Los Angeles Angels: Why Adding Albert Pujols Should Be Enough

James Lumalu@jameslumaluContributor IIIDecember 19, 2011

ANAHEIM, CA - DECEMBER 10:  Albert Pujols (R) waves as Angels owner Arturo Moreno looks on at a public press conference introducing newly signed Los Angeles Angels of Anaheim  players Pujols and C.J. Wilson at Angel Stadium on December 10, 2011 in Anaheim, California.  (Photo by Stephen Dunn/Getty Images)
Stephen Dunn/Getty Images

It has been over a week since Pujols mania hit Orange County, and off the field, it is proving to be a huge hit.

Merchandise is flying off the shelves, and fans are suddenly stir crazy about purchasing tickets. The man known as "the machine" has caused a pandemic despite having yet to play a game with an Angels uniform on.

On the field, is Pujols enough to transcend an Angels lineup that has been fairly punch-less in recent years? Yes and no.

Yes, because anytime a team adds one of the greatest hitters of all time, the lineup instantly becomes far more potent. Pujols is a home-run threat every time he comes up to bat, something that has been sorely missing in the Angels lineup ever since Kendrys Morales injured his ankle.

On the other hand, Pujols alone cannot hide a couple deficiencies in the batting order. Vernon Wells is still overpaid and not very good, and Bobby Abreu is just a shell of the great player he used to be. The bright side is that the young Mike Trout is just waiting in the wings whenever management tires of trotting out the veterans.

Pujols’ presence does add an extremely important feature that the Angels have never really possessed, a high on-base percentage player. Abreu’s 2009 campaign in which he put up a slash line of .293/.390/.435 would be the exception.

While Mark Trumbo did an admirable job filling in for Morales at first base, his on-base percentage on the year was a dreadful .291. Pujols for his career features a .420 OBP%, something desperately needed on a team known for their free swinging ways.

DETROIT - JULY 31:  Jered Weaver #36 of the Los Angeles Angels of Anaheim yells into the Tigers dugout after being throw out of the game by homeplate umpire Hunter Wendelstedt  for throwing a pitch close to Alex Avila #13 of the   Detroit Tigers after Car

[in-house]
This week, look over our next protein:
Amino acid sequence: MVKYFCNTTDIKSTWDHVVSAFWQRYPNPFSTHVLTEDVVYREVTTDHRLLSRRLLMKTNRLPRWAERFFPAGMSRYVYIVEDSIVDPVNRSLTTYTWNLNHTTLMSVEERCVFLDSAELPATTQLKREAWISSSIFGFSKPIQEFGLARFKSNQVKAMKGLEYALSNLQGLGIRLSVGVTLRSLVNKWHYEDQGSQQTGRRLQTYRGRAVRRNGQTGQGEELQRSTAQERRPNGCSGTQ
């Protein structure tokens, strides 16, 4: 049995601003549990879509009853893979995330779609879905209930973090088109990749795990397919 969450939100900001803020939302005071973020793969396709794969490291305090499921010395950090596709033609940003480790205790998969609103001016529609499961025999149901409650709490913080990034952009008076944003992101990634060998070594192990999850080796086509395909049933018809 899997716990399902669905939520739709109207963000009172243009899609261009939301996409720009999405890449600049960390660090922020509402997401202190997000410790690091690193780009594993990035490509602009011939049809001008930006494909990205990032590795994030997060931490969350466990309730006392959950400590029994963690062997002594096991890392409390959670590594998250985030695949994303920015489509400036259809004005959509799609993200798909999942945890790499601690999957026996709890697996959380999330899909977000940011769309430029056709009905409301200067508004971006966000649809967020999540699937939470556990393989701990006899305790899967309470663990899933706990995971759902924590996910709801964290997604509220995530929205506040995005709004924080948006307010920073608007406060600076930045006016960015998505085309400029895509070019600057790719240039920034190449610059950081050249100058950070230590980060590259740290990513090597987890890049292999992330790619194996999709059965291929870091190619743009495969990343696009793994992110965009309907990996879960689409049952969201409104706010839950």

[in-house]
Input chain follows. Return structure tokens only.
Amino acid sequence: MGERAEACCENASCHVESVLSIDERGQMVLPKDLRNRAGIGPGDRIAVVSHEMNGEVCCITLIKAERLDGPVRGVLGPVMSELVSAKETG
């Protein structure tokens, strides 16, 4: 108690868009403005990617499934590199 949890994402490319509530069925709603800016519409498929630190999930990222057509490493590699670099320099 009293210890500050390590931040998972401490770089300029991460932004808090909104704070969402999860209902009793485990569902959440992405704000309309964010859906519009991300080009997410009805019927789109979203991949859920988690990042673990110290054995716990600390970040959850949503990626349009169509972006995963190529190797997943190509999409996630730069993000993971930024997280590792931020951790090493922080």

Leon Halip/Getty Images

So the Angels lineup still is not anything to write home about, but to be honest, the Angels do not need to be an offensive juggernaut to win games. With a four-headed monster of Jered Weaver, Dan Haren, CJ Wilson and Ervin Santana, the Angels boast one of the best rotations in Major League Baseball. In the scenario that they make the playoffs, not many teams in the American League can match up with them pitching wise.

There are also a couple of wild cards beyond the Pujols addition that could increase the Angels chances of winning a World Series title.

The first would be Morales, who is still rehabbing the ankle he injured while celebrating at home plate in 2009. If he actually plays this season and resembles some form of his old self, the offense becomes far more impressive with the addition of another power hitter batting behind Pujols.

The next would be catcher Chris Iannetta, who was acquired from the Colorado Rockies for Tyler Chatwood. Suffice to say, Iannetta is easily an upgrade over Mathis offensively, featuring superior on-base skills and power potential. With Mathis no longer on the team, Mike Scioscia cannot possibly come up with a lineup that has a player being an easy out.

Albert Pujols may not solve every little issue with the Angels offensively, but he definitely helps a great deal. The Angels were shutout 11 times in 2011, but in 2012, there is no excuse to not score enough runs to support a phenomenal pitching staff that does not need much to begin with.